Coalition starts drive to defeat Questions 4, 5
RENO – A coalition of business and health care representatives introduced a campaign Monday aimed at defeating ballot measures they say are attempts by personal injury lawyers to trick voters.
Nevadans Against Frivolous Lawsuits held news conferences in Reno and Las Vegas to preview a television ad that began airing statewide. The ad opposes Question 4 and Question 5 on the November ballot as benefiting trial lawyers at the expense of patients and consumers.
Both measures are a “sneaky way for trial attorneys to make sure they line their pockets,” said Carson City eye surgeon Dr. Michael Fischer, president of the Nevada State Medical Association.
Gail Tuzzolo of the Yes on Questions 4 and 5 group denied claims that the measures were written to deceive.
“That’s a lie,” she said.
Earlier this month, Fischer filed a complaint against the group with Secretary of State Dean Heller over campaign finance reports.
Though Question 4, with a provision to roll back insurance rates, sounds appealing, critics said it could have the opposite effect if costs rise, insurance carriers pull out of the state and competition is reduced.
Question 4 also would void medical malpractice reforms approved during a special legislative session in 2002.
Doctors are offering a competing ballot measure on the November ballot.
Question 3, backed by the Keep Our Doctors in Nevada organization, would cap pain and suffering awards in malpractice cases at $350,000.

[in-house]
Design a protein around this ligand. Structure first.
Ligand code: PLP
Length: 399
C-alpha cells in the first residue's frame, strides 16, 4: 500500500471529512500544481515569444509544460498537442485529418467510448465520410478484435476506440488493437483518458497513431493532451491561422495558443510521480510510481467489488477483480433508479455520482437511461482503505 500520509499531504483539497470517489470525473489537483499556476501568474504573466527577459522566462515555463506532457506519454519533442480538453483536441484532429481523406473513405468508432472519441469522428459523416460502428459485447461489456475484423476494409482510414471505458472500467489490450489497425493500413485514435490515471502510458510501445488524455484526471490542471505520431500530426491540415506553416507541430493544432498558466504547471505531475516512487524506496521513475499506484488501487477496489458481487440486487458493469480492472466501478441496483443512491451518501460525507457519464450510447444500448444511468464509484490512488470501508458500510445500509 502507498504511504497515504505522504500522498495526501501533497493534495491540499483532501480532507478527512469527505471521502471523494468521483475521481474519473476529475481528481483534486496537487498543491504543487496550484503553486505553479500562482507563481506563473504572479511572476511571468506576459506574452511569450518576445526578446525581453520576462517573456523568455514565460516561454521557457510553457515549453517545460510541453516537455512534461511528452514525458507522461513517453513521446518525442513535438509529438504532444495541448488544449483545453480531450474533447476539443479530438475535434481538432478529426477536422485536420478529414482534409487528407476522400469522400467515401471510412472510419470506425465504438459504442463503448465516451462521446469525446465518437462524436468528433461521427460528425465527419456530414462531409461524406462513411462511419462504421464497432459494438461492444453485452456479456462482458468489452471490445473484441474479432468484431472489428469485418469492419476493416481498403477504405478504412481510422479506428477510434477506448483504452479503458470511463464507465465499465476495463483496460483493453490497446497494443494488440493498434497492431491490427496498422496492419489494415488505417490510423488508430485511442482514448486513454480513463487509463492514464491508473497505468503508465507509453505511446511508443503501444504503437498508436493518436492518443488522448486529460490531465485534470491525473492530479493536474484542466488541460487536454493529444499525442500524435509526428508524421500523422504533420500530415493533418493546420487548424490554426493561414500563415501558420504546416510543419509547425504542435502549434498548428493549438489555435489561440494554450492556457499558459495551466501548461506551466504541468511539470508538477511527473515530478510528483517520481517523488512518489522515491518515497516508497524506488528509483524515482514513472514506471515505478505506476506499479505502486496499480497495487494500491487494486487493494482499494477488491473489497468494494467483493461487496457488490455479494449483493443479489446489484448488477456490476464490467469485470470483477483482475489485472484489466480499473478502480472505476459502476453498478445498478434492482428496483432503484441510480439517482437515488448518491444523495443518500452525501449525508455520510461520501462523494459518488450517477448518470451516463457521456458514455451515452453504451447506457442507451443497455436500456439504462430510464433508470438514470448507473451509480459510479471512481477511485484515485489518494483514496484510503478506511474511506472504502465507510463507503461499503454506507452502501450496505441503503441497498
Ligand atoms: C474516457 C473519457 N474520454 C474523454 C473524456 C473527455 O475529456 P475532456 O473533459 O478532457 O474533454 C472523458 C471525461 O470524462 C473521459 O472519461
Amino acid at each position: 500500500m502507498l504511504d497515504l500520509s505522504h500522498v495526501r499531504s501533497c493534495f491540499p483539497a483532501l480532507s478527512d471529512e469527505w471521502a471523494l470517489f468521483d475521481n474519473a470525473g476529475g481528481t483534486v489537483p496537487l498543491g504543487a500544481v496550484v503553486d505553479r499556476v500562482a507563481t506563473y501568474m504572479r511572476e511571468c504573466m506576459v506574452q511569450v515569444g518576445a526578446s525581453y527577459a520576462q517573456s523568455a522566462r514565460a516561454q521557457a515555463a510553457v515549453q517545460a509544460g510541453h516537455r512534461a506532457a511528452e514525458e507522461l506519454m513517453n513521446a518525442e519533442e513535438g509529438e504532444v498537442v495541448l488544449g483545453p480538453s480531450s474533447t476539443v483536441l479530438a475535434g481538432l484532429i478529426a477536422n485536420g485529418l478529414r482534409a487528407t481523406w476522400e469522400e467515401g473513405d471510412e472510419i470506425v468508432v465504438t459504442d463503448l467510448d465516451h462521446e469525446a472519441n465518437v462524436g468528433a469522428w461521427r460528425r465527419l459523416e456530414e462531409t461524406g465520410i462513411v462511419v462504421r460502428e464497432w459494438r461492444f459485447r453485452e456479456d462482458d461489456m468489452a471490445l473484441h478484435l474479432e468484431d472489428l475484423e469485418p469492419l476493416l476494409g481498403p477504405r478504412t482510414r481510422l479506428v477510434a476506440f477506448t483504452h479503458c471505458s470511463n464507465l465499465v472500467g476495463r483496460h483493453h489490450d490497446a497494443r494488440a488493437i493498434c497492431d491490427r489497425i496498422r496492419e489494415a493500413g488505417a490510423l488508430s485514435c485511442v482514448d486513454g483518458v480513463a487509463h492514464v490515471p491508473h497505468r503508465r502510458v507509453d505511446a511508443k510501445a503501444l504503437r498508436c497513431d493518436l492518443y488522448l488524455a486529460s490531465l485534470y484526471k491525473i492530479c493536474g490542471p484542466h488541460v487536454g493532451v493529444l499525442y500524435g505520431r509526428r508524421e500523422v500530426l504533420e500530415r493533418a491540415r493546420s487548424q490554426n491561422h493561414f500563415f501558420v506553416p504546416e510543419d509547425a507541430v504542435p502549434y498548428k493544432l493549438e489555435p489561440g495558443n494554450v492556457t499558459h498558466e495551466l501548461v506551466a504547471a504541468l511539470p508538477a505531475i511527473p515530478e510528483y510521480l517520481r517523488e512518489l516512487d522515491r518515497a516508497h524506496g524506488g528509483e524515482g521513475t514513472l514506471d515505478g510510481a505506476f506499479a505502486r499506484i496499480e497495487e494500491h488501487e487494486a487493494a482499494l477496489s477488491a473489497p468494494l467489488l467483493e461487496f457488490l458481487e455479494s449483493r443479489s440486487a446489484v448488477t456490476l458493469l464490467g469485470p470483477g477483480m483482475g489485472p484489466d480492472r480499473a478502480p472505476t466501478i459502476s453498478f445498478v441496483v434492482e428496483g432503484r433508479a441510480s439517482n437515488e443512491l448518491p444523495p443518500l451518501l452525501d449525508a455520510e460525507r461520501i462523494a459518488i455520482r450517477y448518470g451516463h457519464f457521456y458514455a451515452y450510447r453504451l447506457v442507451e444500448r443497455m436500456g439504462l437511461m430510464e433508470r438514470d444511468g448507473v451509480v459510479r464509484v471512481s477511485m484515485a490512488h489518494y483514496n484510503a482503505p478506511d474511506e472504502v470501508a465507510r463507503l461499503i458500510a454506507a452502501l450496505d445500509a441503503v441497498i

“If we continue to lose doctors … the end result is everyone in the state, including the children of attorneys, are going to lose,” said Fischer.
Tuzzolo countered that Question 3 “protects bad doctors but takes away patient rights by saying you get $350,000, even if the doctor who injures the patient has been repeatedly careless or reckless.”
Question 5 calls for outlawing frivolous lawsuits, but also would prevent limits being placed on what lawyers can earn for representing clients.
“Putting it into the Constitution brings it to a new level of seriousness and we believe it punishes lawyers and corporations who bring frivolous lawsuits,” Tuzzolo said.
Critics counter there are already means to punish lawyers and plaintiffs for filing frivolous cases and that the latest proposal would make it more difficult to bring such actions.
Mary Lau of the Nevada Retailers Association and John Madole, Nevada executive director of the Associated General Contractors of America, said both reforms would be onerous for the state’s business climate and add thousands of dollars to the cost of a home.
Tuzzolo said trial lawyers were not trying to hide their support of the proposed amendments.
“Nobody’s denied that many lawyers are helping fund this initiative,” she said.